November 18, 2013
By Audrey Fraizer
Make no mistake about it: Stephan Bunker wants the best qualified individuals possible answering 9-1-1 calls and dispatching response, and the best qualified individuals possible supervising those who have those responsibilities.
But that doesn’t mean finding or defining the “perfect” individual, because perfect doesn’t exist. It does mean making accommodations so everyone has an equal chance at the ballpark.
“We are all looking to recruit, hire, train, and retain qualified individuals in our agencies, especially with the huge turnover most of us have,” he said. “And it could be the accommodations we make that help us hang onto people.”
Bunker was prefacing his talk “ADA Compliance for the Communication Center Manager” at the NAVIGATOR 2013 conference held in Salt Lake City; and while the subject may seem to address a certain “group” of individuals, the issues discussed present a universal approach to hiring and developing any employee.
After all, shouldn’t every agency or business have job descriptions, policies and procedures, open dialogue between employer and employee, and multitask adjustable chairs or consoles in place?
Of course, but that doesn’t mean the agency is ADA compliant. The ADA—or the Americans with Disabilities Act (ADA)—goes far beyond the more commonly recognized issues surrounding building access obstacles.
The ADA aims at preventing discrimination and counteracting distinctions that establish “certain” group kind of thinking and categorizing people as such. The law, which went into effect in 1992, provides equal protection under the law and equal opportunity. The ADA section on employment forbids discrimination against “qualified individuals with disabilities.”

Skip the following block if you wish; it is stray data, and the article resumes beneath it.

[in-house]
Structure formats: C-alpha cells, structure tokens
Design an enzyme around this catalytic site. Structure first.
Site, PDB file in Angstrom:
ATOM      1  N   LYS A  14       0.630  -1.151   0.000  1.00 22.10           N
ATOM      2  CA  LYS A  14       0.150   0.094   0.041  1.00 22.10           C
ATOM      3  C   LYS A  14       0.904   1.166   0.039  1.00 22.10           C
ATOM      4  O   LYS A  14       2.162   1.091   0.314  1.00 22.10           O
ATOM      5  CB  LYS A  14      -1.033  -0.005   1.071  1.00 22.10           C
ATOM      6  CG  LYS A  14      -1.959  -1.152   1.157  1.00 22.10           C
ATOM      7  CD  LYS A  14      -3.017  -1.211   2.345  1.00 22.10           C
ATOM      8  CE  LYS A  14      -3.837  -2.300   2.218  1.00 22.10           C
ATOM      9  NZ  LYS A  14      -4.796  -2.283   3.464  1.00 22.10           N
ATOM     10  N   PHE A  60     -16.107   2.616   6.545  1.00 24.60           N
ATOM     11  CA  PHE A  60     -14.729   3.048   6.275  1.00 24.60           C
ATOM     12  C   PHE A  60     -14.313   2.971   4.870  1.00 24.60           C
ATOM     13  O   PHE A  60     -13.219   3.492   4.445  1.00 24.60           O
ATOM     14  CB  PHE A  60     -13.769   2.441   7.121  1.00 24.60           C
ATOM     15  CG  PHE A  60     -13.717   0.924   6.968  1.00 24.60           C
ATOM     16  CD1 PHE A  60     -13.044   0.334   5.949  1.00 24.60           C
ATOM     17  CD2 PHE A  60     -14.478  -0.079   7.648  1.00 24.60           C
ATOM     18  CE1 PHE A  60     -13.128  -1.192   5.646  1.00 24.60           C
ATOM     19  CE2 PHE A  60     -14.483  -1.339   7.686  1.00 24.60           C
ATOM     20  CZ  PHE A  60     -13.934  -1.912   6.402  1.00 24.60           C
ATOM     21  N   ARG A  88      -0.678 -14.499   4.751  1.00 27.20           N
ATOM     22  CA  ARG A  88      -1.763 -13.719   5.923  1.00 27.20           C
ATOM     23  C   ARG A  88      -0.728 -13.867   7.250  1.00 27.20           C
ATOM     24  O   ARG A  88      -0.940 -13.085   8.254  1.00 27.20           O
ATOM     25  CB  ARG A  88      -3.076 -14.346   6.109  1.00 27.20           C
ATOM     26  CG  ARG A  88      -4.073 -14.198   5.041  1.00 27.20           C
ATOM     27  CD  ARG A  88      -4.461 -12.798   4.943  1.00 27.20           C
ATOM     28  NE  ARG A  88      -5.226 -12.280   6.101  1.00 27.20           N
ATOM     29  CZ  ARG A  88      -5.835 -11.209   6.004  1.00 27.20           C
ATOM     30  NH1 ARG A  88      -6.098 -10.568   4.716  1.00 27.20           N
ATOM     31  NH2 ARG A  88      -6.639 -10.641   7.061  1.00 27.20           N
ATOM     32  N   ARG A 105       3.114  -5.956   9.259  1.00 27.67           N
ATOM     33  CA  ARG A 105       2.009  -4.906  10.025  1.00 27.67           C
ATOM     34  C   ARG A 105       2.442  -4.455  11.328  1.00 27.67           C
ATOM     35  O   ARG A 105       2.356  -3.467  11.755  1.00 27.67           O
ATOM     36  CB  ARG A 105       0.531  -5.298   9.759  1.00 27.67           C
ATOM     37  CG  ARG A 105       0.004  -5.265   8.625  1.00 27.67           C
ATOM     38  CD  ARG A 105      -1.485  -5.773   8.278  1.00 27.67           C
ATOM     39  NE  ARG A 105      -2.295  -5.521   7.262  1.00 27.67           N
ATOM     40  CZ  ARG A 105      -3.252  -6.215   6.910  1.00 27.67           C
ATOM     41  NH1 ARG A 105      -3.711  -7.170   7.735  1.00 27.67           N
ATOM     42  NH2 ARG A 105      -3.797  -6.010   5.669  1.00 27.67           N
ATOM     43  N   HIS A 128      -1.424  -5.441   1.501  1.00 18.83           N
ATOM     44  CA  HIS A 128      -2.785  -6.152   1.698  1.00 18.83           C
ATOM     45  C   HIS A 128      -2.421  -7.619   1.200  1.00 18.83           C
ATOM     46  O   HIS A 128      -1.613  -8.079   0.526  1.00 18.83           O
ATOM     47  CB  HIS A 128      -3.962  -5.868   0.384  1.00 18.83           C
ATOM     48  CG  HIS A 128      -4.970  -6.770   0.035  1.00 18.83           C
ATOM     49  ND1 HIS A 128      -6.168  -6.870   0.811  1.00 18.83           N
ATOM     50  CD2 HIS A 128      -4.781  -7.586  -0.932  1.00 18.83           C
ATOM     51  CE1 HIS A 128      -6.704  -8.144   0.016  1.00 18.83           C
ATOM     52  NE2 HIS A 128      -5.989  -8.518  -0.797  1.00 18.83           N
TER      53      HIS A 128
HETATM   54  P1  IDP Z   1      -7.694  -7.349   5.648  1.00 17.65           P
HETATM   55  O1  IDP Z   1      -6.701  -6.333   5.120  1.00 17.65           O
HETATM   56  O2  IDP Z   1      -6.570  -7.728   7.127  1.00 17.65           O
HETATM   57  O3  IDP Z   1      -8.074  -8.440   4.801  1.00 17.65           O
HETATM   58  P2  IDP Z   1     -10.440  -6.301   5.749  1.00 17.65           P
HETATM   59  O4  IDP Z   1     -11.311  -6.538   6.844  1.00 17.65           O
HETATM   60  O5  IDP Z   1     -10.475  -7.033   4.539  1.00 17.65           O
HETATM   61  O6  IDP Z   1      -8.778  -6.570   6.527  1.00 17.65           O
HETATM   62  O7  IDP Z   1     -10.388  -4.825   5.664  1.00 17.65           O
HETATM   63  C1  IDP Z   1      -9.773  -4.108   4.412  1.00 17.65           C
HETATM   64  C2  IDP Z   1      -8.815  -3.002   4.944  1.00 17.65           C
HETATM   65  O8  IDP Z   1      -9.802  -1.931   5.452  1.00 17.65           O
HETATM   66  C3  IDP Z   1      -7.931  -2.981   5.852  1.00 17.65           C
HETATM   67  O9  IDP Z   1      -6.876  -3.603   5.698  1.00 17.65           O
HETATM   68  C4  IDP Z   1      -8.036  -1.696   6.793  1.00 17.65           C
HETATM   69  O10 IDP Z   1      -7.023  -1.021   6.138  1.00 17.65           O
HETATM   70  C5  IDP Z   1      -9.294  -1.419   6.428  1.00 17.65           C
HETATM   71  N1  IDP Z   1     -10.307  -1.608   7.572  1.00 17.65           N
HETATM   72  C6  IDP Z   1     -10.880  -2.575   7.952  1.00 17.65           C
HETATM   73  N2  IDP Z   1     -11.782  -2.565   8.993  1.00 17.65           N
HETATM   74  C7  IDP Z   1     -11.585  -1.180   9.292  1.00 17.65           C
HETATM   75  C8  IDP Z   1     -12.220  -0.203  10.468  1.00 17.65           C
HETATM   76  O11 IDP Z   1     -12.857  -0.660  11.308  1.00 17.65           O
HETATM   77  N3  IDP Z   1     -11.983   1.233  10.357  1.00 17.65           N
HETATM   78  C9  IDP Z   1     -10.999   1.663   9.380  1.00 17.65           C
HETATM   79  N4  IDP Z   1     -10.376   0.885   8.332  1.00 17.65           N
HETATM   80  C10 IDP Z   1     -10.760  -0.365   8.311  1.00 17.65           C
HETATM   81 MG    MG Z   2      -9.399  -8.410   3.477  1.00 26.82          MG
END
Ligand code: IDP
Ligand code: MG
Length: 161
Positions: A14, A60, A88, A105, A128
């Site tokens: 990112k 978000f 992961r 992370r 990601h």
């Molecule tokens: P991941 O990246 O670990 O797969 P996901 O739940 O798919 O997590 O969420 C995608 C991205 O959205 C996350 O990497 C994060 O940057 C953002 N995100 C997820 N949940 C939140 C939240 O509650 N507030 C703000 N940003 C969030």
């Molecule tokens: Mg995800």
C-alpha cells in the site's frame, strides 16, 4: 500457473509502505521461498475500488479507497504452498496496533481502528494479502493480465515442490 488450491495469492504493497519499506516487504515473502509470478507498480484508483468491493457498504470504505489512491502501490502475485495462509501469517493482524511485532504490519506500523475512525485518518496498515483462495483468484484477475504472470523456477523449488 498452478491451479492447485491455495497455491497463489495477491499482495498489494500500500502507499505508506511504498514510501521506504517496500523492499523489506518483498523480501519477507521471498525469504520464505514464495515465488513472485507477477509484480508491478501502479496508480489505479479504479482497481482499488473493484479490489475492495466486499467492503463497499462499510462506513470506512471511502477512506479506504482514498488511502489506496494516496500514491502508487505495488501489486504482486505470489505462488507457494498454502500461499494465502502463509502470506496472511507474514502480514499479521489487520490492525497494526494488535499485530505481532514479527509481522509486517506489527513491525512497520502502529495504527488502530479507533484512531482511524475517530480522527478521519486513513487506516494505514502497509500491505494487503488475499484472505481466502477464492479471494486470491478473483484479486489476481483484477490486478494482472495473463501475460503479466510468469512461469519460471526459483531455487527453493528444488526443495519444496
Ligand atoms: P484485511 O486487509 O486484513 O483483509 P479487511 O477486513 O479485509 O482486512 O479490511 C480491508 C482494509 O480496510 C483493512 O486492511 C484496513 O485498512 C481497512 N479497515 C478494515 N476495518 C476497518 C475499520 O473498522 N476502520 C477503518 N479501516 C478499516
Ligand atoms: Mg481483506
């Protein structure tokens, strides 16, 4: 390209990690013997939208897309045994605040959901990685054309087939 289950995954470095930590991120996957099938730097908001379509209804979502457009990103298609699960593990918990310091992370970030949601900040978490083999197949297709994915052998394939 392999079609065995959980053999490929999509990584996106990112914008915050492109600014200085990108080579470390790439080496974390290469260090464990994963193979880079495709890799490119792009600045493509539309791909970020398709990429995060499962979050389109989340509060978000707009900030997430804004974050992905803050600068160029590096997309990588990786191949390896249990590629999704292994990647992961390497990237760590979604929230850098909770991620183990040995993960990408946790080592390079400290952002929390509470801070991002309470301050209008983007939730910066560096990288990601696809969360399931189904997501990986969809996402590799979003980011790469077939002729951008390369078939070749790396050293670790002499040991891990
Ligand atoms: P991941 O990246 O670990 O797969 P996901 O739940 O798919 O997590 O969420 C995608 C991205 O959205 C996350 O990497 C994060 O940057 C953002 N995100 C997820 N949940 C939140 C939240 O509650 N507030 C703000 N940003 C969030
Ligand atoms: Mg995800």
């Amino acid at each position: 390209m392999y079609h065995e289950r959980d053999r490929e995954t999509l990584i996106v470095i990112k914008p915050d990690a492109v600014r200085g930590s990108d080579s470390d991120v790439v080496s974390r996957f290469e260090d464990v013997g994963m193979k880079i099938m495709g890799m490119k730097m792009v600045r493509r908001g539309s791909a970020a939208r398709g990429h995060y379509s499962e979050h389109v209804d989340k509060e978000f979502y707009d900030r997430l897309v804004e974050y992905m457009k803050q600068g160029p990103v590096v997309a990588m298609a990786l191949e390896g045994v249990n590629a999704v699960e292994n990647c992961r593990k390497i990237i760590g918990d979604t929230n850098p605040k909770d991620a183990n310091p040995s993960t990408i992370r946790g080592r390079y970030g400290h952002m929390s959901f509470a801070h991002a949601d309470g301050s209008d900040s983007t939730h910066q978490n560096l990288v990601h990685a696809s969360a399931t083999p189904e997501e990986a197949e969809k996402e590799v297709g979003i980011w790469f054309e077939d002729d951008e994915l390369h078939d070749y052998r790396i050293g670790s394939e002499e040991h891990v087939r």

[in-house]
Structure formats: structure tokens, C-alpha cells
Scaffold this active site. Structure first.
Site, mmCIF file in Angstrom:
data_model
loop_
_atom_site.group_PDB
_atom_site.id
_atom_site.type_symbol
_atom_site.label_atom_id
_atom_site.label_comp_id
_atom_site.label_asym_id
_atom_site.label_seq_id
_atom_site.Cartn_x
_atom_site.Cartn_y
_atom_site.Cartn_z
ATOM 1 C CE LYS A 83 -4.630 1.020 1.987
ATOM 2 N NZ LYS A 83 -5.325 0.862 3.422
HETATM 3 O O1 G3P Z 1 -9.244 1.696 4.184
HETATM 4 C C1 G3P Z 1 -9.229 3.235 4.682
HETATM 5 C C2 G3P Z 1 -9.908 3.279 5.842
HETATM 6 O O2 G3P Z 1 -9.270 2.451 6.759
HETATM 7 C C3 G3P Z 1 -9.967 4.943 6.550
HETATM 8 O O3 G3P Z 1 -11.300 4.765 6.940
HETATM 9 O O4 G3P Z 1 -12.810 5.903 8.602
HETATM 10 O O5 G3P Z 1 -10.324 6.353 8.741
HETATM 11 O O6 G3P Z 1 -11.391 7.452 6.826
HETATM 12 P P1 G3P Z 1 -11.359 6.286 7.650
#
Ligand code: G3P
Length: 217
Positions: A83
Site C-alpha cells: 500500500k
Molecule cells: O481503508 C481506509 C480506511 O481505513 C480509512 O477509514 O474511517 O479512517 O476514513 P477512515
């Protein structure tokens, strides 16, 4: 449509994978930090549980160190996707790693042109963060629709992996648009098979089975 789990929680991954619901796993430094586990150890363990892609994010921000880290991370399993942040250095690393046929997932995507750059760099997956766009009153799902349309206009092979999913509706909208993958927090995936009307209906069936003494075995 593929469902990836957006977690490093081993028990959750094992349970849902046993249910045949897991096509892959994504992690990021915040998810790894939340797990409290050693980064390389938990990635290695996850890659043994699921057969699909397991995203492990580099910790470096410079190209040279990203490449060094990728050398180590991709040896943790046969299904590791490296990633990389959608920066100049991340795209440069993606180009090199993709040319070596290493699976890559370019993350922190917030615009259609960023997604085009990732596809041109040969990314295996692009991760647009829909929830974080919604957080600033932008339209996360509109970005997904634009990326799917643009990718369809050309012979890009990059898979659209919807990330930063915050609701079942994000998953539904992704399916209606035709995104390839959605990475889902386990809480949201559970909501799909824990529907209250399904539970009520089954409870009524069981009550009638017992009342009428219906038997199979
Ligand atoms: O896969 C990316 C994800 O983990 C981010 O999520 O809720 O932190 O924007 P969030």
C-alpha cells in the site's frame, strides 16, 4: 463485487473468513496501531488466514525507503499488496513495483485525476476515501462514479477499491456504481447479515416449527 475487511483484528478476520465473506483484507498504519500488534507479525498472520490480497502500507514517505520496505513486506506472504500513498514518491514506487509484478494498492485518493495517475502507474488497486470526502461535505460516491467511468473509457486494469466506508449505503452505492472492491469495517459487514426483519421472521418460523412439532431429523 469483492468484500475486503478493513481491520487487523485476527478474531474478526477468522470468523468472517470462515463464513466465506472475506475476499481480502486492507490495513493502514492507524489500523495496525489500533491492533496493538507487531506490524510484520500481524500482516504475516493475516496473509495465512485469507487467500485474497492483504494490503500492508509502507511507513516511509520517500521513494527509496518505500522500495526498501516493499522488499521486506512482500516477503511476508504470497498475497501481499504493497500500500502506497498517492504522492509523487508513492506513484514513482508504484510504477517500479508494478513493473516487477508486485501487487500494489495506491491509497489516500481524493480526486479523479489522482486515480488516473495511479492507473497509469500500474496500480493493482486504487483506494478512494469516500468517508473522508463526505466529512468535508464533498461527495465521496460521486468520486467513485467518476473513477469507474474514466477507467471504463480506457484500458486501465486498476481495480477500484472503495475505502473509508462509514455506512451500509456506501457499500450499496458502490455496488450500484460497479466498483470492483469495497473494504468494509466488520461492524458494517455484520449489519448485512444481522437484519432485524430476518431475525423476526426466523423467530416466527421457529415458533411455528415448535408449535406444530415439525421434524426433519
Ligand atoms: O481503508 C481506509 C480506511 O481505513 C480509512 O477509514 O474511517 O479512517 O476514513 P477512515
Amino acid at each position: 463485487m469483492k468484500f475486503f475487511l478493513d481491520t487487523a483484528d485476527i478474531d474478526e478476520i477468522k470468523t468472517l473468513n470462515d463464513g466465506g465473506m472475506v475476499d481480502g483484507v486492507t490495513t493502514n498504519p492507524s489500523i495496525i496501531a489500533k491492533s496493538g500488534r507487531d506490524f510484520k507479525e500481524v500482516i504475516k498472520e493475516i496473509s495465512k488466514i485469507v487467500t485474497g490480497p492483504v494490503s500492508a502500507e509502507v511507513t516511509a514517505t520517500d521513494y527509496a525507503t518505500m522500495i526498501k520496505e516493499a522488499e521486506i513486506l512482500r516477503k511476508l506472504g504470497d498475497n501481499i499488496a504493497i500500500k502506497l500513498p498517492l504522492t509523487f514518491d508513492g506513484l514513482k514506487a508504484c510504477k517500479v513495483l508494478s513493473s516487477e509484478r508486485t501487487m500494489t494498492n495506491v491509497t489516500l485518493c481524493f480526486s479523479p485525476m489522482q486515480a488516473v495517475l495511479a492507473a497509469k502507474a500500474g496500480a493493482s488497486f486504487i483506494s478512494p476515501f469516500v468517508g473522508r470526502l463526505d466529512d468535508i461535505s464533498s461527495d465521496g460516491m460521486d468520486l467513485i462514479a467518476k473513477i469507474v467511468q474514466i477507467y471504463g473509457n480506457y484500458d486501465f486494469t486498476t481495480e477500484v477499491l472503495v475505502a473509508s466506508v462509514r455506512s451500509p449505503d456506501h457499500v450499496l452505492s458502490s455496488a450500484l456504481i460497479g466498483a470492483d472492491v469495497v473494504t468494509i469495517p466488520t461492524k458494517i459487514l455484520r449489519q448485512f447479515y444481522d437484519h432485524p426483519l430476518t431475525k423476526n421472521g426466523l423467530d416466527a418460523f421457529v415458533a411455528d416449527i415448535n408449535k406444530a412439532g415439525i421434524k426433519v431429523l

So, why is a 60-minute talk about the ADA vital for communication centers?
“Because ADA for a PSAP is a topic seldom discussed at length,” said Bunker, former training, certification, and compliance officer for Maine’s centralized 9-1-1 system.
And that can be to an agency’s distinct disadvantage.
The ADA defines “disability” and distinguishes between what’s included and what’s not in the definition.
For example, ADA covers a person with a disability that limits major life activities such as hearing, walking, and speaking; the law does not protect a person with a prison record or quick temper (without a documented psychological condition), despite potential consequences for that individual regarding employment.
The ADA outlines the accommodations an employer can make for the individual to accomplish the job’s essential functions.
For example, a person with a documented life-altering disability may request—and receive—modifications to the physical workspace, revised training programs, and a break from full-time work schedules to part-time. An employer is required to accommodate a known disability of a qualified applicant or employee, but is not required to make accommodations for situations the employer might anticipate, although at the time, don’t exist.